Just the Facts: Head Lice

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The American Academy of Pediatrics’ (AAP) criticism of schools that force students with lice to stay home until their condition clears up has some educators and parents scratching their heads.

In a clinical report that contradicts current policy at many U.S. schools, the AAP states that no healthy child should be excluded from school because of head lice, arguing that these policies cause children to miss weeks of school—and some to even repeat a grade.

Presently many U.S. schools enforce a “no-nit” policy, meaning that students must stay home until their hair is free of the yellowish-white lice eggs known as nits. These tiny eggs attach themselves firmly to individual hair shafts and are difficult to remove. So stubborn are nits that they can survive the prescription or over-the-counter shampoos used to eliminate adult lice. Nit removal, a tedious and exhausting process, requires either a fine-toothed comb or that you pluck them out individually using tweezers.

Despite the inconveniences caused by lice and nits, children carrying them pose little risk to others, reminds the AAP. In fact, a child with an active head-lice infestation is likely to have had the infestation for a month or more by the time it’s discovered. As long as children with lice are discouraged from having direct head contact with others—and this includes sharing hats or brushes—they should be allowed to remain in class, says the AAP.

What Is Head Lice?
Head lice (or pediculosis) are tiny, wingless bugs about the size of a sesame seed that range in color from brown to gray. They live only on the human scalp and have six legs with tiny claws that allow them to grasp hair shafts. Head lice are parasitic, meaning they need to extract small amounts of blood from their host in order to survive. If deprived of blood, an adult louse living at room temperature will die in a day or so.

Though annoying, head lice rarely cause direct harm and shouldn’t be viewed as a medical or public health problem. At their worst, lice bites will cause itching and a loss of sleep. Still, many people are unreasonably fearful of lice because they don’t have all of the facts. Here’s what you should know:

  • Head lice have nothing to do with hygiene. In fact, lice prefer to live on clean, healthy scalps. They do not spontaneously generate from dirt, sweet or air. Head lice come from other head lice, just like every other species.

  • Head lice do not hop, jump or fly. Lice migrate through direct contact with an infested person and their belongings. For instance, if you hug someone who has lice and your heads touch, chances are good that you’ll contract lice. It’s also a good idea not to share personal items (such as hats, hair brushes and pillows) with an infested person.

  • Pets cannot give or catch head lice. Quite simply, head lice can live only on human scalps. Dogs and cats make lousy hosts, and lice will die swiftly if they try to make a home in animal fur.

  • Head lice have been around for thousands of years. Head lice have been discovered on ancient mummies and are considered an extremely resilient species. Lice and their eggs (nits) can easily survive hot water, shampoos and most insecticides. Because of this, the most effective (and time-consuming) lice-removal method involves daily brushing with a specially designed lice comb and the removal of nits with tweezers. Some parents and health professionals swear by soaking a child’s hair with olive oil before combing. Of this method, the Harvard School of Public Health finds no health risks but questions its effectiveness, stating that “data is lacking to support the [lice-removal] claims of olive oil’s efficacy."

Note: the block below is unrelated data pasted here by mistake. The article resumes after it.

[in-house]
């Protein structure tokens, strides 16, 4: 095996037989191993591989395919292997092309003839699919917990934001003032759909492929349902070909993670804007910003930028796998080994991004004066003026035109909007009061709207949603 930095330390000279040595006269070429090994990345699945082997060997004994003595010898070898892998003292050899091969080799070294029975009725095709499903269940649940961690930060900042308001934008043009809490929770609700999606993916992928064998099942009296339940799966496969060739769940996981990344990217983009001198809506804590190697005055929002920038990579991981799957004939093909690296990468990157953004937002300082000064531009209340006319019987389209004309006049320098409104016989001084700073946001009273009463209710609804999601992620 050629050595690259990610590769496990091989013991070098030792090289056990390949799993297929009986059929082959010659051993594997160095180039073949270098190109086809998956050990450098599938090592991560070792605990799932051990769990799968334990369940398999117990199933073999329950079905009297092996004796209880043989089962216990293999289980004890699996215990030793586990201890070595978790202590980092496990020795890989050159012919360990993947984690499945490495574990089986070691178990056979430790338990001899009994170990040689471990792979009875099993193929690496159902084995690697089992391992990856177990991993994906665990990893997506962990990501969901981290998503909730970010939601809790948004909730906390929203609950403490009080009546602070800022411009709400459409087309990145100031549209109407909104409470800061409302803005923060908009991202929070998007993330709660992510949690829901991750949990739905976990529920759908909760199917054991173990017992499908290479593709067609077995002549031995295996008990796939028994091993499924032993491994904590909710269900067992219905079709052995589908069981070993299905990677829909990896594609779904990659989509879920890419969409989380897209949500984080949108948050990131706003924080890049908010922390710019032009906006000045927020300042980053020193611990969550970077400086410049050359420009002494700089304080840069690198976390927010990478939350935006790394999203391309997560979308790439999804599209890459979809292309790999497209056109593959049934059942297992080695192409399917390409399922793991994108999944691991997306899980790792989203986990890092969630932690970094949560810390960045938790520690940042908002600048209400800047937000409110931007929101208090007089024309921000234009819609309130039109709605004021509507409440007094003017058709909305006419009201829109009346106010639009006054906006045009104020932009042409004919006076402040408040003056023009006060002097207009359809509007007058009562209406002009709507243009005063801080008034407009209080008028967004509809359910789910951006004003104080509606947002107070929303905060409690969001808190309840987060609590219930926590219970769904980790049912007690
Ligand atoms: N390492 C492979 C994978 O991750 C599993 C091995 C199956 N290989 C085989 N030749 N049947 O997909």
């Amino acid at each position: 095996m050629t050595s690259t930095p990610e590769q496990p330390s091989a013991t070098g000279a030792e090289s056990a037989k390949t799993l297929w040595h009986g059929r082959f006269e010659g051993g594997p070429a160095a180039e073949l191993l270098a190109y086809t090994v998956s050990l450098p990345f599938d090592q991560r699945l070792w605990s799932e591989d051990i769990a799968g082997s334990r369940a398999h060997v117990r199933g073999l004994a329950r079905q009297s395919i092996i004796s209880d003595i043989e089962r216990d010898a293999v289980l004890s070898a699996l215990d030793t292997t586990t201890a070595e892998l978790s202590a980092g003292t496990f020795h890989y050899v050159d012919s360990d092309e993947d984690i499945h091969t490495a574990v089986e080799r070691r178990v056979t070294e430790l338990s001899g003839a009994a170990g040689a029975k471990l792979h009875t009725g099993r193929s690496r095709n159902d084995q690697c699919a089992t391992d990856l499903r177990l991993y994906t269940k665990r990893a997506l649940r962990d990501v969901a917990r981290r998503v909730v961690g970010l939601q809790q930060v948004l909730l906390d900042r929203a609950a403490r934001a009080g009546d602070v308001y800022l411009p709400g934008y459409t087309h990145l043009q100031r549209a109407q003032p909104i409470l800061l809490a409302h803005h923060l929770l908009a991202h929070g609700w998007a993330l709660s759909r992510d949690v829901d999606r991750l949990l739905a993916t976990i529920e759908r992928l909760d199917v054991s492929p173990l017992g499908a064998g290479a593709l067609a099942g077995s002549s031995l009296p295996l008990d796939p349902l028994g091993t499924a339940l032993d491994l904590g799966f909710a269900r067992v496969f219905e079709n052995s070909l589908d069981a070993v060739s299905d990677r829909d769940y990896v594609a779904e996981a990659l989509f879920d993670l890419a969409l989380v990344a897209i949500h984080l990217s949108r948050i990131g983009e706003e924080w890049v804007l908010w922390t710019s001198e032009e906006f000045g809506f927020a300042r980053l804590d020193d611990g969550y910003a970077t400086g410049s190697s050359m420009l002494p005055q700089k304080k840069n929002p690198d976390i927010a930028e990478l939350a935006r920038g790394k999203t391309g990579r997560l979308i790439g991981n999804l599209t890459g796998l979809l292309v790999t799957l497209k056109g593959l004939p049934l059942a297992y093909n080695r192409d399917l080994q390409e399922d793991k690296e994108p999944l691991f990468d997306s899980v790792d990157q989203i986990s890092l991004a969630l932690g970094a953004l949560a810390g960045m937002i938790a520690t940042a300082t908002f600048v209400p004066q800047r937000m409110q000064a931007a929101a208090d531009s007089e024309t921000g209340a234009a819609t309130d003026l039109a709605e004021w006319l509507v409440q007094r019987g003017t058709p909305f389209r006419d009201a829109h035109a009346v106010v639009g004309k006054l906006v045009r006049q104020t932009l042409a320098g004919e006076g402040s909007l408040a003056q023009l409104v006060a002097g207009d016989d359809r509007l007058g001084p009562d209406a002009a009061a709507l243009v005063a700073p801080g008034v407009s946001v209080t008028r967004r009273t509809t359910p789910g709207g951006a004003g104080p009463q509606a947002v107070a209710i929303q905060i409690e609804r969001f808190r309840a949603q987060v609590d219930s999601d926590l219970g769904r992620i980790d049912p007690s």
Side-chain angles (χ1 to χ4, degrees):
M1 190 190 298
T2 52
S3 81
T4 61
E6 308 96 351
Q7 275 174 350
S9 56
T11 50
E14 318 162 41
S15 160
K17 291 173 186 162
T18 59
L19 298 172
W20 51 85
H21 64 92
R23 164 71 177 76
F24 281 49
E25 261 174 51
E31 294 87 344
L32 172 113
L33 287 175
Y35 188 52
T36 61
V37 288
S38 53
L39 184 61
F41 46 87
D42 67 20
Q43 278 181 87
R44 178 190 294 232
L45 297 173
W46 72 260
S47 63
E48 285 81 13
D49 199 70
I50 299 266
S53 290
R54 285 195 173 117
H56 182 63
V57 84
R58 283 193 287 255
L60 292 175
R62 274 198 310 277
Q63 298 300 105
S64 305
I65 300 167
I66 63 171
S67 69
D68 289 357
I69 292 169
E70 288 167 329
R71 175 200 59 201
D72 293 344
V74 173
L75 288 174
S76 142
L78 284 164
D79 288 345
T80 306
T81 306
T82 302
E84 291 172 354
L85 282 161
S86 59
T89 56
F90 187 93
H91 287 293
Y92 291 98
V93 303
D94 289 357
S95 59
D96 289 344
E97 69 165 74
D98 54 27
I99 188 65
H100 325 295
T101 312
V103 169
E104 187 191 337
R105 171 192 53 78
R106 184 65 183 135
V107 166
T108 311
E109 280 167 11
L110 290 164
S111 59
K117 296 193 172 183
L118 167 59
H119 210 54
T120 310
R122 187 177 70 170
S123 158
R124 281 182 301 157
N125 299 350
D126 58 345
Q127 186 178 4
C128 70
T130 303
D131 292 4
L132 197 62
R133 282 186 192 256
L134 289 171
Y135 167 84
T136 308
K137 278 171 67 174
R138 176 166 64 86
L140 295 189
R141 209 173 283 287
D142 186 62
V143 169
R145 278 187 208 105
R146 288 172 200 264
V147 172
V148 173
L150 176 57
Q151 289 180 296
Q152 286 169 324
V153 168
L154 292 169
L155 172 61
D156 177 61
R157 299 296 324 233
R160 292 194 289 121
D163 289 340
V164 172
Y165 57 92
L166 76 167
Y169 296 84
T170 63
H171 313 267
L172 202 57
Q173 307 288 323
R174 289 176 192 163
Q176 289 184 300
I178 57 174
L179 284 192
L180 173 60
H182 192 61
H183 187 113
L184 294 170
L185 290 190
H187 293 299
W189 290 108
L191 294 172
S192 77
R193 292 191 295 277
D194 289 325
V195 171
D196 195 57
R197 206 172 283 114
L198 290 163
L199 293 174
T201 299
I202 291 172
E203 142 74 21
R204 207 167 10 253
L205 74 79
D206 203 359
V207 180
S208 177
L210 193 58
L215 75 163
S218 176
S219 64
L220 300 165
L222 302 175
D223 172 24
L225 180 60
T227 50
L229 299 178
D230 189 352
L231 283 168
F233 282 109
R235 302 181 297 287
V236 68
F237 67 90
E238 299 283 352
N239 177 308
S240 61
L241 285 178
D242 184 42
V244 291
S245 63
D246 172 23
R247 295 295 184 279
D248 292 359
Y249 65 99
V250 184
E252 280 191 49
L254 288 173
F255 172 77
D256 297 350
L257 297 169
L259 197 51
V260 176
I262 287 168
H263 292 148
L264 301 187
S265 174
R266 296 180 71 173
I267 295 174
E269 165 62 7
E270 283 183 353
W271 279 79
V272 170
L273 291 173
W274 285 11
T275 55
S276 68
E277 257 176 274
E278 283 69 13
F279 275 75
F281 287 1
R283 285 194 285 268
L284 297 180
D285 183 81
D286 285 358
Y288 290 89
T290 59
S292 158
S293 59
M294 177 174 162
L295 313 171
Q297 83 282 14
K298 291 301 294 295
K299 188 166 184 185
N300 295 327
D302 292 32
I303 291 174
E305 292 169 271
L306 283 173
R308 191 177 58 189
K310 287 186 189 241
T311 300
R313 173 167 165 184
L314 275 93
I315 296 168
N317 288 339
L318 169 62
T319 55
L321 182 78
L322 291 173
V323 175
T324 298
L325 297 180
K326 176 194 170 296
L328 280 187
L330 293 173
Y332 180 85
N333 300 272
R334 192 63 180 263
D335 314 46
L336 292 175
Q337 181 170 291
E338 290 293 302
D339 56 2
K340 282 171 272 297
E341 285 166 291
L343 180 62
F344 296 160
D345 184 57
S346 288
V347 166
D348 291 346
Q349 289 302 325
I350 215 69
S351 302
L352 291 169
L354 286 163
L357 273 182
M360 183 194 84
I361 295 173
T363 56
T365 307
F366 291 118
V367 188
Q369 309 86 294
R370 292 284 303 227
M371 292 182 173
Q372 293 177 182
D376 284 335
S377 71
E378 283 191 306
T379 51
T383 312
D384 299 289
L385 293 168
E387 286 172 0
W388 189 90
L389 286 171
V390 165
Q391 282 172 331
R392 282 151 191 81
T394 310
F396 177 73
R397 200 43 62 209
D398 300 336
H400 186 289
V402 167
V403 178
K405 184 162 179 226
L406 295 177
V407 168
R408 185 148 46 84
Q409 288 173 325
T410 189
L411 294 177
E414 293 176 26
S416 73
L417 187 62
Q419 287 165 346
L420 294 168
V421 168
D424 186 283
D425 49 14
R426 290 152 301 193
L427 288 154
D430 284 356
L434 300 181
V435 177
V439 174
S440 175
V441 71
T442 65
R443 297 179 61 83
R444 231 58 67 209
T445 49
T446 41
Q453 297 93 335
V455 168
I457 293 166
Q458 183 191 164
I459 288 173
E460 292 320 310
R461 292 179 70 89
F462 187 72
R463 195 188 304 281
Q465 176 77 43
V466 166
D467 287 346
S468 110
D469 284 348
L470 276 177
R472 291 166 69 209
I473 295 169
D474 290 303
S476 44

What Can You Do About Head Lice?
For starters, don’t panic. Be mindful that a lice infestation is not life-threatening, poses no immediate danger to your child and seldom requires a trip to the doctor’s office or prescription medication. It is a mere inconvenience.

Getting rid of lice is a three-step process that usually takes a couple of weeks to complete:

  • Step 1: Kill all of the adult lice. Purchase a fine-toothed comb and a pair of tweezers. Wash your child’s hair thoroughly. (. and then brush the wet hair meticulously with a fine-toothed comb. You’ll begin to notice sesame seed-sized lice ensnared in the comb’s teeth. Dump them into a small plastic bag with a seal, making sure that the comb is freer of lice, before brushing the next section of your child’s hair. Repeat until you have finished combing your child’s entire head.

    Some parents purchase shampoos and pesticides specially formulated to combat lice. These products have a varying success rate and can sometimes do more harm than good. It’s a good rule of thumb to consult your pediatrician or pharmacist before attempting to use these products.

  • Step 2: Check for and remove all nits. Nits are smaller than adult lice and affix themselves to individual hair shafts, usually near the scalp. Remove them from the hair shaft with a fine-toothed comb. For more stubborn nits, pick them out one by one with tweezers. After doing this for hours, we’re guessing you’ll have a better appreciation for the word “nit-pick”.

  • Step 3: Clean the house and all of your child’s belongings. If there’s one thing lice hate, it’s dry heat. Be sure to throw your child clothes, teddy bears and bedding in the dryer for at least 20 to 30 minutes. This should kill both lice and their eggs. Don’t get too carried away, though. Lice cannot survive for long away from their human host—20 to 30 hours top. Once your child is lice-free, your house will follow suit.

Further Reading
Itching to know more about lice? Check out these helpful resources: